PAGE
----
Violence in Cancun, Playa del Carmen and Los Cabos threaten Mexico’s tourism industry

(USA TODAY) — PLAYA DEL CARMEN, Mexico — Tourists taking the ferry from this tourist town to the island of Cozumel now walk down a wharf lined with police, heavily armed soldiers and bomb-sniffing dogs.

Those safeguards came after a Feb. 21 explosion ripped through one of the ferries, injuring 24 people, including five Americans. Explosives were later found on another ferry owned by the same company.

“It’s something that makes you feel safer,” Roberto Cintrón, president of the Cancún hotel owners’ association, said about the soldiers and security after a recent ferry ride to Cozumel. “It’s the complete opposite situation of the insecurity many people think of.”

Numerous reports about crime and tourist tragedies have made recent headlines as the violence plaguing this country erupts in cities popular with foreign visitors.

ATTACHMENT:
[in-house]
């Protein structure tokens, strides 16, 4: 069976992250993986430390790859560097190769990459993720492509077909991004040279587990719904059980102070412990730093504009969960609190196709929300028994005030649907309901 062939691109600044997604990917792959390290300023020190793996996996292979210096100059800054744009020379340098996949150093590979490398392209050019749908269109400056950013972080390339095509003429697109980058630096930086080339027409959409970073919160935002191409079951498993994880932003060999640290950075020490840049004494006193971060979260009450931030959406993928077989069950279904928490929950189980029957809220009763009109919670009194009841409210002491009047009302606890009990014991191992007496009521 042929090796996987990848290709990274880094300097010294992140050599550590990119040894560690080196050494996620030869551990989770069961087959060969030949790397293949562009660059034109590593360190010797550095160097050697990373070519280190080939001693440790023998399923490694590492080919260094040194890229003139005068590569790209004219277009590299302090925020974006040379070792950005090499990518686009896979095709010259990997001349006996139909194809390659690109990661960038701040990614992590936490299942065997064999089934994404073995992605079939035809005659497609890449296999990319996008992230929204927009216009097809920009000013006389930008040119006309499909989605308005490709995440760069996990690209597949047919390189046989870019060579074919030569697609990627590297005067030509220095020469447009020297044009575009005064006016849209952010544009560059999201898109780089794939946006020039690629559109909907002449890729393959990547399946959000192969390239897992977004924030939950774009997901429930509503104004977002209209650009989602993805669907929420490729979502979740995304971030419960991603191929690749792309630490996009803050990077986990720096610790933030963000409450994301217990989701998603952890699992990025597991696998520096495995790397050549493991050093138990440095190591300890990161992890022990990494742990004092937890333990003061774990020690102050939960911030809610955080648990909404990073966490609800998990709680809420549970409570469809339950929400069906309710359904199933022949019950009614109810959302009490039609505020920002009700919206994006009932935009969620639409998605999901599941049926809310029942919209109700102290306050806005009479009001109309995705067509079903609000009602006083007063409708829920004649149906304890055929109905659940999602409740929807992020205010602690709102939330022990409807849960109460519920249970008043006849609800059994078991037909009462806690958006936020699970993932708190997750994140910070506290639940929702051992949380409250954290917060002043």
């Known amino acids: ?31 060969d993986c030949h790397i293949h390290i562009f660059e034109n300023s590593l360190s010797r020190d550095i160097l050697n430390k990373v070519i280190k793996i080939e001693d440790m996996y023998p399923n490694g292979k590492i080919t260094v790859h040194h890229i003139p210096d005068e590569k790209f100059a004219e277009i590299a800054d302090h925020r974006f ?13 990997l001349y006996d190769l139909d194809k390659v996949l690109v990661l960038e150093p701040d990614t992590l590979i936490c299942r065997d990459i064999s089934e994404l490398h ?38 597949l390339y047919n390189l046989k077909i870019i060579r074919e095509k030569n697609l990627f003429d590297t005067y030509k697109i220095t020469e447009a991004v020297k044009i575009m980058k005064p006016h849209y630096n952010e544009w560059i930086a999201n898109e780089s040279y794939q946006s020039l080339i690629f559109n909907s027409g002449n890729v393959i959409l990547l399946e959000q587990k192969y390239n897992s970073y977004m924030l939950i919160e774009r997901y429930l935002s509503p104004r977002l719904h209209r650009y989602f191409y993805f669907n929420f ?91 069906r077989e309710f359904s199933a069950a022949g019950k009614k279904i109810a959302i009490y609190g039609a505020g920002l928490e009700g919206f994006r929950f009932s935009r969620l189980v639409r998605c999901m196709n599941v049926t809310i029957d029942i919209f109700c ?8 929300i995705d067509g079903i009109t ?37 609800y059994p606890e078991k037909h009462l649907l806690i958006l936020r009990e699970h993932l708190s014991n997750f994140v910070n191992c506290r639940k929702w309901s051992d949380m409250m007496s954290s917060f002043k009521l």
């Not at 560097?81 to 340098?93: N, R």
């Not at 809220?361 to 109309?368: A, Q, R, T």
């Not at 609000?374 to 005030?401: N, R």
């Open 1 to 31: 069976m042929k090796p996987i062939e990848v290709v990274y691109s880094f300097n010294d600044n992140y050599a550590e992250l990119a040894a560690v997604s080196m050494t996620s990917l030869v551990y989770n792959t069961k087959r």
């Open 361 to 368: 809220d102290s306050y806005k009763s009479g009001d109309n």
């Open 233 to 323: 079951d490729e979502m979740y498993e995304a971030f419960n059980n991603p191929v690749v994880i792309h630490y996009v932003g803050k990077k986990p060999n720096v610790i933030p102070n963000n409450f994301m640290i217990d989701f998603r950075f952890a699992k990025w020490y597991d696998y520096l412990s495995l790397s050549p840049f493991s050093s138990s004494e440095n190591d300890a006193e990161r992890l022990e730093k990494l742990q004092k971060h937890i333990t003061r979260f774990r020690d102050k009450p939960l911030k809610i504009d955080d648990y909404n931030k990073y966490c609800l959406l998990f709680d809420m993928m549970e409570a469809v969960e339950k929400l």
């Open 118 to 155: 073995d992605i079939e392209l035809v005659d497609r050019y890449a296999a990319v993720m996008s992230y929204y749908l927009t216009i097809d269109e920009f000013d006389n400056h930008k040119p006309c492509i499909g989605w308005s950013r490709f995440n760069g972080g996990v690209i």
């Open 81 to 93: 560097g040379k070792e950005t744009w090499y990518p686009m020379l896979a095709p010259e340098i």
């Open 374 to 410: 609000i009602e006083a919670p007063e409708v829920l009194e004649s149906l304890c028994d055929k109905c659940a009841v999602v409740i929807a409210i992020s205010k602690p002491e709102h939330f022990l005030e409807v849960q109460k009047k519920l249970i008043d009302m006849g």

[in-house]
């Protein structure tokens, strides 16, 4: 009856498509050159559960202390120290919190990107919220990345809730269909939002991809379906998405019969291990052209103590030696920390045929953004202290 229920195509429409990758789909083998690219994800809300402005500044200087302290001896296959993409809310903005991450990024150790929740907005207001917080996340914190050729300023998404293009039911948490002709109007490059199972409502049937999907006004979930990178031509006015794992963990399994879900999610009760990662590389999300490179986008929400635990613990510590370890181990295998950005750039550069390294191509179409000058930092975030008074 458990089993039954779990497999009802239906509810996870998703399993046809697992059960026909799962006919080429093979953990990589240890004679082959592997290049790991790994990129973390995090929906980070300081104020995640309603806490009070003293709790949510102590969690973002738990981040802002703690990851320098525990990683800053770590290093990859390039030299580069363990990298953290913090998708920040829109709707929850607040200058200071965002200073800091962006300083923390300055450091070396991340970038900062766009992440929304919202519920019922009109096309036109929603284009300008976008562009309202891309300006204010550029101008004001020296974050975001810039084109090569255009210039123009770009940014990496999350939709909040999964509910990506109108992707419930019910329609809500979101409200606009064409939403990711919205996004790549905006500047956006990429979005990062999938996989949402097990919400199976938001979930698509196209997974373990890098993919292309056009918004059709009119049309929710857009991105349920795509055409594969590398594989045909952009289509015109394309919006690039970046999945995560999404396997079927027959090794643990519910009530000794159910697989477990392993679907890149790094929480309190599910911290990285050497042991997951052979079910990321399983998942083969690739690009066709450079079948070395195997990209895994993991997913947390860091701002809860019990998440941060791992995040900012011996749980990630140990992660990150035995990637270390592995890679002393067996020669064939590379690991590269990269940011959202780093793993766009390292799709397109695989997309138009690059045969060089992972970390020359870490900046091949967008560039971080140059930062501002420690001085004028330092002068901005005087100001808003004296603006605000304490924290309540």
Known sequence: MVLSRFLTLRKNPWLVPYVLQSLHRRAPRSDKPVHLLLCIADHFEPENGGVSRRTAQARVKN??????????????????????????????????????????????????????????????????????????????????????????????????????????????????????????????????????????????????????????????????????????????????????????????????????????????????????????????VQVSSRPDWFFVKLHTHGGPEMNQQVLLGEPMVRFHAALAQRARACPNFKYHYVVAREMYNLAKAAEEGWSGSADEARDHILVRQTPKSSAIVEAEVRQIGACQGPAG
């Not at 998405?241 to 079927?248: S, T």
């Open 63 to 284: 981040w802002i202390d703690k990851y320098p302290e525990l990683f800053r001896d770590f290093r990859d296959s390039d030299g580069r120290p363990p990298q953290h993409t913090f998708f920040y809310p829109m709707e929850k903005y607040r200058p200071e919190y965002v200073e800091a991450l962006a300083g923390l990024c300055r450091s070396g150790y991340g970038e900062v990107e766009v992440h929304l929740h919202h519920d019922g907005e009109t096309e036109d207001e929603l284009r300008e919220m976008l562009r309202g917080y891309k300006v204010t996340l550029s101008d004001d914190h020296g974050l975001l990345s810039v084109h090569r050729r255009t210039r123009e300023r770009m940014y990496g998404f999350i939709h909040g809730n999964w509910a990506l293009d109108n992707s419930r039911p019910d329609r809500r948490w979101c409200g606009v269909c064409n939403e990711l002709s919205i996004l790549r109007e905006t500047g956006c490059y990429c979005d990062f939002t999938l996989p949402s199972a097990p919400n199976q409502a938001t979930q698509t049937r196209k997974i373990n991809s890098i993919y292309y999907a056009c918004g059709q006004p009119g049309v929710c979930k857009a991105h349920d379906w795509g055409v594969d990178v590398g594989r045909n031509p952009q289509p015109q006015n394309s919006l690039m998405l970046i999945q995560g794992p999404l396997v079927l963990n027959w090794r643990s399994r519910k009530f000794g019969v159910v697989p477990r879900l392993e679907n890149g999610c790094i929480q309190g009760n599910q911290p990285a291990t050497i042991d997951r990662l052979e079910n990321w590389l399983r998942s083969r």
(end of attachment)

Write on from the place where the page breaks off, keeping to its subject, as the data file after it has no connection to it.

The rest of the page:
Incidents causing concern in Cancún and outlying Quintana Roo state range from bars allegedly serving adulterated liquor to unsuspecting tourists to police targeting visitors in rental cars for bribes.

A vacationing Iowa family of four was found dead March 23 in a condo in Tulum on the Caribbean coast. Authorities suspect the cause was a gas leak from a faulty water heater

Violence in resort cities such as Cancún, Playa del Carmen (in Quintana Roo state) and Los Cabos resembles the rest of the country, but it threatens Mexico’s lucrative tourism industry.

“The common thread in Los Cabos and Quintana Roo is the public security system had been totally dismantled,” said Francisco Rivas, director of the National Citizen Observatory, which monitors security issues in Mexico. “There were prosecutor’s offices that didn’t investigate and police that couldn’t prevent or react to crime.”

Analysts offer a variety of explanations for the rising crime across Mexico, from drug cartels to the U.S. opioid crisis prompting cartels to switch from growing marijuana to producing heroin.

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